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Halloween Shadow boxes

A Fun Way For Your Jewelry to Make New Shadows this Halloween Season, or Year Round

Every Halloween I can’t wait to get out my massive Halloween jewelery pile and sit on the bed to marvel at some of my better pieces. Each piece is a work of art in my eyes, and I can’t help thinking how neat it would be to have a way of showing it off when I’m not wearing it.

I got a great idea when I cruised through Hobby Lobby and saw some great, single shadowboxes without slots. They were perfect for a few of my favorite necklaces, bracelets and rings. This is a great way to create a one-of-a-kind Halloween artwork and have a way to protect as well as display your best Halloween jewellery. It’s easy, cheap and so made for creative people like us who want to put our own spin on our holidays and decorating. Before we get to a list of supplies to make your own, here’s a bit o’ history.

History of Shadowboxes . . . Pretty cool!

Most of us grew up with shadowboxes our moms and grandmas proudly displayed on walls or in hallways. Some were filled with antique buttons, mementos from important events in their lives or just filled with life’s little treasures. But do you know where shadowboxes came from and why they’re called a shadowbox? Me neither until I looked it up!

No, they didn’t get the name shadowbox because the objects hung in shadowy hallways or in the shadow of real art. These modern-day, trinket-filled boxes got their name from our seafaring past and, like all good things, the name came from a superstition.

It’s said that it was bad luck for the shadow of a retiring sailor to leave the ship before his shadow did. So the rest of the crew would build a finely crafted box filled with honored items of the retiring man’s glories at sea that symbolically created a shadow of the man. Thus, the shadowbox would remain on board until the sailor was ashore and his safety was assured. Then his crewmates would host an elaborate ceremony where the man and his career would be honored. His captain or shipmates would present the honored shadow of the man box to him with much pomp and circumstance.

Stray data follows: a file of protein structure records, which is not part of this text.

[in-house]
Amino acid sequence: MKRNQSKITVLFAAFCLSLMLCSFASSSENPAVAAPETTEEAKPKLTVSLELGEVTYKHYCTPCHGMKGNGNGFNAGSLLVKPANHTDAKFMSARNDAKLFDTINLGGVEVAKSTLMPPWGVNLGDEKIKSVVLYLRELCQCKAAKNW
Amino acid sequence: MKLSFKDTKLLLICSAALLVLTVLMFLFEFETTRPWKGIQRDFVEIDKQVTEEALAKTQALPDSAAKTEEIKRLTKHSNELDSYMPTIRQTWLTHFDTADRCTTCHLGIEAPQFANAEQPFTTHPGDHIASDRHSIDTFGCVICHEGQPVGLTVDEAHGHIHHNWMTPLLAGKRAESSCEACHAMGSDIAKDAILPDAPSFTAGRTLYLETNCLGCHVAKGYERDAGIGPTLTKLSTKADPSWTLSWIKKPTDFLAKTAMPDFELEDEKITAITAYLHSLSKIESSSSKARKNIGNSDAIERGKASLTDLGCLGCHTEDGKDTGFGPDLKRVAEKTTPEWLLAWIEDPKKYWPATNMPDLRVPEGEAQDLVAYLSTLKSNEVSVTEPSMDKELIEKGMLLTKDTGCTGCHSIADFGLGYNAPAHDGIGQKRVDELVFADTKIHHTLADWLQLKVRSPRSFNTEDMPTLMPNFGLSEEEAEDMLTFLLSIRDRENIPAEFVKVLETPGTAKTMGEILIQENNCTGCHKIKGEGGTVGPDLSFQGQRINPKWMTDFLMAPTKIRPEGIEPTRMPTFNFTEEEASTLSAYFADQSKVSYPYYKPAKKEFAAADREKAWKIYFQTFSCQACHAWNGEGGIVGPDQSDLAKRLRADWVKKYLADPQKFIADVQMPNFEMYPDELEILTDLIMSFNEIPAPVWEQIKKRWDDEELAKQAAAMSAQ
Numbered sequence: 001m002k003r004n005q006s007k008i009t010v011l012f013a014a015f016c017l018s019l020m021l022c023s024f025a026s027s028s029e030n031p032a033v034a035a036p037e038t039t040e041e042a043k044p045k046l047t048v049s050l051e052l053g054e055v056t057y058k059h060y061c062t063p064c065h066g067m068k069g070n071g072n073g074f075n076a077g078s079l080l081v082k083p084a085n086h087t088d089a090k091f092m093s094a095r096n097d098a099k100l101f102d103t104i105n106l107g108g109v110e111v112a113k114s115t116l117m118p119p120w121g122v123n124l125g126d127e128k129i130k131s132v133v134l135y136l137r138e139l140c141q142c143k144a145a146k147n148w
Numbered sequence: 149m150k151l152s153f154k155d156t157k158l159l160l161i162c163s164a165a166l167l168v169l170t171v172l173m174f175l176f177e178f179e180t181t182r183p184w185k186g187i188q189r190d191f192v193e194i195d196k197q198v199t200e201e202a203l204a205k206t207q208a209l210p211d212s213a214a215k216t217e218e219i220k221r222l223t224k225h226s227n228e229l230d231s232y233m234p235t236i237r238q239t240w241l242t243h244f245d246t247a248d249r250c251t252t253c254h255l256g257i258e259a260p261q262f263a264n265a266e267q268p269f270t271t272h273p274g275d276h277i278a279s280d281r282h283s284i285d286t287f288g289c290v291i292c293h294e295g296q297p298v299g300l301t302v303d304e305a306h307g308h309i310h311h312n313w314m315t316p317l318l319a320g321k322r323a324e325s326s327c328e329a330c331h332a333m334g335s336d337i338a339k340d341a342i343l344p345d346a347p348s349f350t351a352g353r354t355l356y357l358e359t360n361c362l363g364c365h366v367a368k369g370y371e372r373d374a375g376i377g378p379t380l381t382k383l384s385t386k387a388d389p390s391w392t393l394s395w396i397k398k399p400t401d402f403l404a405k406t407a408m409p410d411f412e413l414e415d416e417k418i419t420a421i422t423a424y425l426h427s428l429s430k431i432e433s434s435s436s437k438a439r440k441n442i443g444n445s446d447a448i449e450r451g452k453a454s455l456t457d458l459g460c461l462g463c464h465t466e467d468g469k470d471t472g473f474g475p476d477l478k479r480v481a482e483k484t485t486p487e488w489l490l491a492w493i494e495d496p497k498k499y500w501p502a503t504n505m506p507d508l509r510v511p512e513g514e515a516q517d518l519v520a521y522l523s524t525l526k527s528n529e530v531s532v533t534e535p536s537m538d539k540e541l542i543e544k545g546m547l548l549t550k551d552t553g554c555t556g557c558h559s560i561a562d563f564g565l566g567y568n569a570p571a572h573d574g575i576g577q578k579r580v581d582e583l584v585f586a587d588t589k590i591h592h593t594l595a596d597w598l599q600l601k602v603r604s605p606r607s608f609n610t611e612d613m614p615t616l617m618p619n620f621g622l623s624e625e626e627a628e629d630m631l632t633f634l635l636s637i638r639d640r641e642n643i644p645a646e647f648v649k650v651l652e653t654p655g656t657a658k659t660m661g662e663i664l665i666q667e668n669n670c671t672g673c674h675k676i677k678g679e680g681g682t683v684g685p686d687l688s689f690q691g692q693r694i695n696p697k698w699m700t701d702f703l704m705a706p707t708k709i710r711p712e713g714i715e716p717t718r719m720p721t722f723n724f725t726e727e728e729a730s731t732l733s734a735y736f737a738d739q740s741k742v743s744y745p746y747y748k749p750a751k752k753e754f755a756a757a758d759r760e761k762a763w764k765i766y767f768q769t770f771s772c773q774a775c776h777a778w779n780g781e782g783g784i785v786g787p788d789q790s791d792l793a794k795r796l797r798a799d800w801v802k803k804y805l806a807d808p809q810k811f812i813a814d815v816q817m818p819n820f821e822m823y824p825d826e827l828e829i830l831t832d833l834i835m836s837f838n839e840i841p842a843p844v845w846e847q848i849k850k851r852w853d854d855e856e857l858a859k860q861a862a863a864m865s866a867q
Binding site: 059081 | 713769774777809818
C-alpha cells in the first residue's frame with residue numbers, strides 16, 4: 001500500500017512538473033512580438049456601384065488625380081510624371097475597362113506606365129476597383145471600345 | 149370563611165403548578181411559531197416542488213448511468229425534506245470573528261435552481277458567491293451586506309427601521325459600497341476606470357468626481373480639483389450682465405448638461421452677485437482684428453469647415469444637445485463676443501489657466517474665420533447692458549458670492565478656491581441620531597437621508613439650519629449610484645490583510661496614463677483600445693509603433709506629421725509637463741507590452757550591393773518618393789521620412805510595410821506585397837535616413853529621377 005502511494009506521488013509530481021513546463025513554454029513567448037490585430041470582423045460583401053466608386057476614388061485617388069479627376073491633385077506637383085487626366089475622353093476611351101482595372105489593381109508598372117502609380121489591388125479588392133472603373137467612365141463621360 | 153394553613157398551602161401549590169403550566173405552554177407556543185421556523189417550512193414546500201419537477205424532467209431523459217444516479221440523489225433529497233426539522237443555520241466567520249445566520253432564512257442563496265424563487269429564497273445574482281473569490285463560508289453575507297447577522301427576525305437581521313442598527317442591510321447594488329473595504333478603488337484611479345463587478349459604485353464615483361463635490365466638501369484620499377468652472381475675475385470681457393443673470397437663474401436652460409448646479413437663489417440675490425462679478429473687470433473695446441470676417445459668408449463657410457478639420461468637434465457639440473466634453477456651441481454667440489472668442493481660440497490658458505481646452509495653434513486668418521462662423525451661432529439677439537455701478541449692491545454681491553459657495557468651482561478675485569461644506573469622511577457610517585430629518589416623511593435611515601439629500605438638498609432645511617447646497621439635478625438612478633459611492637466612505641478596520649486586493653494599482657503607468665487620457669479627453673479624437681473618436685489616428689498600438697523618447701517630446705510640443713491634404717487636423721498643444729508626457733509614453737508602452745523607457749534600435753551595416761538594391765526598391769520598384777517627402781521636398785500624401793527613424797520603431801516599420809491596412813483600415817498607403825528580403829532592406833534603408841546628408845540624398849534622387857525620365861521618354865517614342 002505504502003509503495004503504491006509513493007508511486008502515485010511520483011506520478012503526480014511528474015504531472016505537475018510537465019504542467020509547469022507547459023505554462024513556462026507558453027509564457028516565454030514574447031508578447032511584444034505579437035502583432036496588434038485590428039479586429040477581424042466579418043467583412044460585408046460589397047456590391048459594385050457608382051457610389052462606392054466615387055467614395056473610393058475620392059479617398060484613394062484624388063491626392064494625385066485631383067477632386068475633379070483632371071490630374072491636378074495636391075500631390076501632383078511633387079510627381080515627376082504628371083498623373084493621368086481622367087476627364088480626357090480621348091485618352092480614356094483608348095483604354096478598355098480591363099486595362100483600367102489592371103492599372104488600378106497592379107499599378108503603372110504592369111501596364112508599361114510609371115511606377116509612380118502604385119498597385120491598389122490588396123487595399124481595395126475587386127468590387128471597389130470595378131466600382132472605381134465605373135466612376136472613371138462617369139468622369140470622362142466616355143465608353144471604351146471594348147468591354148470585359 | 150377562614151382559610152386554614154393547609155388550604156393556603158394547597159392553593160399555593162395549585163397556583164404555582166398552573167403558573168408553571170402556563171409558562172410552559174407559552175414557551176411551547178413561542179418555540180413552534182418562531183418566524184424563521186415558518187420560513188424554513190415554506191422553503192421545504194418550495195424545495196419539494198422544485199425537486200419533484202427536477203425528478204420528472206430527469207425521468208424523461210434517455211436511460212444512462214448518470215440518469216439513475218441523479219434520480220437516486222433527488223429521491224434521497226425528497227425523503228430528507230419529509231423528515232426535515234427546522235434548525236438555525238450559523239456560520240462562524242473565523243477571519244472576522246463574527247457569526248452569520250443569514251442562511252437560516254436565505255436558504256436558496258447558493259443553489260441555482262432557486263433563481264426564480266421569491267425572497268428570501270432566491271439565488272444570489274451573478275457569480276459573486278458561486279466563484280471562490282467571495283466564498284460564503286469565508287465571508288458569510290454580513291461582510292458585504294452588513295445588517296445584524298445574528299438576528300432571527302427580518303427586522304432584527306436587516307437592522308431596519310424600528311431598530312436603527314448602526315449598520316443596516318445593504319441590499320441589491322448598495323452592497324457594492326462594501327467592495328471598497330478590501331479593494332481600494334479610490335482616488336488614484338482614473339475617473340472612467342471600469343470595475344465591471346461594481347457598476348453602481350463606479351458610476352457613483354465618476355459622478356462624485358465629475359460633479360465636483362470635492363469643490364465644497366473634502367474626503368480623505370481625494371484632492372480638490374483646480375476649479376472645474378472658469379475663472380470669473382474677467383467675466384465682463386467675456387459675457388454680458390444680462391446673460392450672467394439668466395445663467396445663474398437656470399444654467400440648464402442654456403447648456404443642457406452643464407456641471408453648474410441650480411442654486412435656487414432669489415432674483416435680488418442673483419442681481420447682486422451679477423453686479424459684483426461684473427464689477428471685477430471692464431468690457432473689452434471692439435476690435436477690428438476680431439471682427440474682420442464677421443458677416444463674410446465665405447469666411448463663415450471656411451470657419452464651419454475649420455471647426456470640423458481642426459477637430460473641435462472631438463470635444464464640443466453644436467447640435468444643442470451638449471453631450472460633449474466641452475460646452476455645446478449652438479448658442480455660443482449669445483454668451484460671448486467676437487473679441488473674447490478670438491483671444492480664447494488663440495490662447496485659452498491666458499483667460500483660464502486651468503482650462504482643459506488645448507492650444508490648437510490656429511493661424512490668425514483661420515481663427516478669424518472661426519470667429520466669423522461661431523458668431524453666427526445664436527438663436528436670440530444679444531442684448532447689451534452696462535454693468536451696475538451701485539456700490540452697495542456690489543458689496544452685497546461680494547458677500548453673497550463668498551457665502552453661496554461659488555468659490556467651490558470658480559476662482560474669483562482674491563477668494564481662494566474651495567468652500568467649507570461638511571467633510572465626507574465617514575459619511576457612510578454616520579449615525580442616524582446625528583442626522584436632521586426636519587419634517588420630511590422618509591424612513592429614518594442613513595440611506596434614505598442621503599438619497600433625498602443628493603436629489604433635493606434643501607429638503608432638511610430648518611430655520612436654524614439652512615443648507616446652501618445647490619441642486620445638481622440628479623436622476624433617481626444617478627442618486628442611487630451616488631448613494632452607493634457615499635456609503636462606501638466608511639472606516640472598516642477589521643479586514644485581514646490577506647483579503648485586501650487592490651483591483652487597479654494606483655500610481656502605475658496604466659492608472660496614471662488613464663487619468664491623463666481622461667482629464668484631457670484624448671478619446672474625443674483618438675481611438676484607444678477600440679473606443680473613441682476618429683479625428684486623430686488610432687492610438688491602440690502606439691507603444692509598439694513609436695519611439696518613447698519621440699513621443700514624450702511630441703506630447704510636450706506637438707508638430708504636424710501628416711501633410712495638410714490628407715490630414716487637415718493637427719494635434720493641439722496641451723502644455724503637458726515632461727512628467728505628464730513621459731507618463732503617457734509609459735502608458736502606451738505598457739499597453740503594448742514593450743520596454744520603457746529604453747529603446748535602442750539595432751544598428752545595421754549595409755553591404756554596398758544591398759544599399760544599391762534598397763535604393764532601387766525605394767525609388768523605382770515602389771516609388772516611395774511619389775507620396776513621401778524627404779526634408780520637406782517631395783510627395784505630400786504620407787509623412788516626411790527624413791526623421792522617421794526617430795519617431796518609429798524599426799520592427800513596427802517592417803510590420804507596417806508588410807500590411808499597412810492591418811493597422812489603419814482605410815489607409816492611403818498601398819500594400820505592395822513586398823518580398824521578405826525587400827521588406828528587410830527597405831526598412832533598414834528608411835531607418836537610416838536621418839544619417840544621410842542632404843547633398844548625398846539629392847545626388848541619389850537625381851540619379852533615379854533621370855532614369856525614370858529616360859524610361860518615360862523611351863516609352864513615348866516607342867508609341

The sailor himself would invest in a quality shadowbox so he could see his many small trinkets that reminded him of his past exploits to distant shores during the course of his career at sea. Those souvenirs were traditionally small since sailors had very small places to call home on the ship. Let‘s face it – they didn‘t usually become rich men at the end of their careers, so usually one box would hold a lifetime of memories. Hard to believe in our consumer-driven days we live in, isn’t it?

List of Supplies for Your Shadow Box

  • Paint brushes (several sizes)
  • Acrylic paints in Halloween colors
  • Sandpaper (100 grit)
  • Pencil to mark out your design
  • Paper, paint, vintage postcards, artwork, pictures or felt for inside backing
  • Small hangers for the back of the shadowbox
  • Masking tape

If you plan on displaying jewelry, you will need a padded back for the box without slots. You’ll need the following to create one:

  • Double-sided tape
  • Scissors
  • Wood glue
  • Cotton batting (thin layer)
  • Thin but sturdy cardboard
  • Felt
  • Tacks
  • Objects to be displayed

Where To Get Your Shadowbox